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Sometimes one hears things about a film dismissed a long, long time ago from a trusted source or friend and one decides to see that movie. This, for me, was the case with EuroTrip (2004). When EuroTrip first came out I wrote it off as the same kind of nonsense as something like Private School (1983). Then I heard from a few different acquaintances and bloggers that EuroTrip was a sort of metaphysical genre critique like Pledge Night (1990).

EuroTrip is about recent high school graduate Scotty (Scott Mechlowicz) who, upon being dumped by his girlfriend (Kristin Kreuk) for a singer (Matt Damon in his best cameo ever), decides to go to Berlin to hook up with his penpal. Scotty is joined by his moronic wingman Cooper (Jacob Pitts) and the two plan to rendezvous with their friends, the twins, Jenny (Michelle Trachtenberg) and Jamie (Travis Wester) in Paris. Once the foursome is united they wreak tasteless (and rather dated) havoc all over Europe.

EuroTrip was written by Alec Berg, David Mandel and Jeff Schaffer (who also directed); all of whom previously wrote for the sitcom Seinfeld. None of the wit or “true to life” scenarios that made Seinfeld great can be found in EuroTrip. What can be found in EuroTrip is a plethora of mind-numbing and offensive jokes. And these jokes aren’t offensive in a subversive way nor are they outrageous enough that they are likely to be remembered a moment later.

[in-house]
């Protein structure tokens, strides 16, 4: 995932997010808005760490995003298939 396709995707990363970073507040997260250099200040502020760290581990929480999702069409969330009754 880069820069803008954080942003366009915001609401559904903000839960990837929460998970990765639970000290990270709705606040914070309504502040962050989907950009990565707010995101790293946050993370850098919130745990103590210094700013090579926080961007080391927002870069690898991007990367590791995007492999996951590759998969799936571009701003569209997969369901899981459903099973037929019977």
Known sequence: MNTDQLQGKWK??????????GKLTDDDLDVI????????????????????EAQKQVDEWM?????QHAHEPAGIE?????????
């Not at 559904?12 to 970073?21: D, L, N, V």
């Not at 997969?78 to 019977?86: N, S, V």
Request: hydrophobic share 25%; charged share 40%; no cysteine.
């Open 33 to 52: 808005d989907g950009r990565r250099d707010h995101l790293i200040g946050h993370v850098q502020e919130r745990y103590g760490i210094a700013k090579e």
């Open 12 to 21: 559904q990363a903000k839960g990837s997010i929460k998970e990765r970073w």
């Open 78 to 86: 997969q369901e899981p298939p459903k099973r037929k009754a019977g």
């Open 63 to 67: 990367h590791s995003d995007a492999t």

If EuroTrip has a redeeming quality it’s the character of Jenny played by Michelle Trachtenberg. Jenny’s role as a supporting character limits her screen time so that she’s never too wrapped up in the worst of the humor which generally centers around Scotty and Cooper. Instead, and perhaps accidentally, Jenny emerges as a character who is appropriately naive for her age but still independent. Trachtenberg’s performance does a lot to bring out these qualities which don’t really get much support from the dialogue.

None of this is meant to condemn EuroTrip or its cult following. This is a film with a very specific appeal that is of a very specific moment in time. The great thing about “forgotten” or “less popular” films with a cult following is that they bring these fans together.Unfortunately I will not be joining that club anytime soon.